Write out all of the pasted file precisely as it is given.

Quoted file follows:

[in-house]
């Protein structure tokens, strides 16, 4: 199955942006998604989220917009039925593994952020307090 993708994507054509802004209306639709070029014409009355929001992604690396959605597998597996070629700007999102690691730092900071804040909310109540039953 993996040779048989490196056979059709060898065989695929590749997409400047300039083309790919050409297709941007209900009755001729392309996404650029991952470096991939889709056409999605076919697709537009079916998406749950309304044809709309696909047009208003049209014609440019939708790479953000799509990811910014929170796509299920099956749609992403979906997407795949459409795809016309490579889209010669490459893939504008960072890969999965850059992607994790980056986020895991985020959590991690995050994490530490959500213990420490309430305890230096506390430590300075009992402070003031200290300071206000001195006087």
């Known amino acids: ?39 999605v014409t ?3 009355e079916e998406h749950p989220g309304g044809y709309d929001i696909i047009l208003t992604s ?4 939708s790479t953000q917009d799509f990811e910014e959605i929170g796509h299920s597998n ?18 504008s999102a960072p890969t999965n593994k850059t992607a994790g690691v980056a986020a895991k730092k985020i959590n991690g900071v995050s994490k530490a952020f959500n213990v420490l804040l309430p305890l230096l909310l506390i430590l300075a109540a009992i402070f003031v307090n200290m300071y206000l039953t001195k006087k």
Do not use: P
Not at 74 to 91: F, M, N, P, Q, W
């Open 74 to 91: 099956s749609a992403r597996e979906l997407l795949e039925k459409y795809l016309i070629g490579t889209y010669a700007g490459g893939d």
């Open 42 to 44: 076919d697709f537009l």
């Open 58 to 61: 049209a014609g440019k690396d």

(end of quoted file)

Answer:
[in-house]
């Protein structure tokens, strides 16, 4: 199955942006998604989220917009039925593994952020307090 993708994507054509802004209306639709070029014409009355929001992604690396959605597998597996070629700007999102690691730092900071804040909310109540039953 993996040779048989490196056979059709060898065989695929590749997409400047300039083309790919050409297709941007209900009755001729392309996404650029991952470096991939889709056409999605076919697709537009079916998406749950309304044809709309696909047009208003049209014609440019939708790479953000799509990811910014929170796509299920099956749609992403979906997407795949459409795809016309490579889209010669490459893939504008960072890969999965850059992607994790980056986020895991985020959590991690995050994490530490959500213990420490309430305890230096506390430590300075009992402070003031200290300071206000001195006087």
């Known amino acids: ?39 999605v014409t ?3 009355e079916e998406h749950p989220g309304g044809y709309d929001i696909i047009l208003t992604s ?4 939708s790479t953000q917009d799509f990811e910014e959605i929170g796509h299920s597998n ?18 504008s999102a960072p890969t999965n593994k850059t992607a994790g690691v980056a986020a895991k730092k985020i959590n991690g900071v995050s994490k530490a952020f959500n213990v420490l804040l309430p305890l230096l909310l506390i430590l300075a109540a009992i402070f003031v307090n200290m300071y206000l039953t001195k006087k």
Do not use: P
Not at 74 to 91: F, M, N, P, Q, W
């Open 74 to 91: 099956s749609a992403r597996e979906l997407l795949e039925k459409y795809l016309i070629g490579t889209y010669a700007g490459g893939d």
């Open 42 to 44: 076919d697709f537009l």
């Open 58 to 61: 049209a014609g440019k690396d």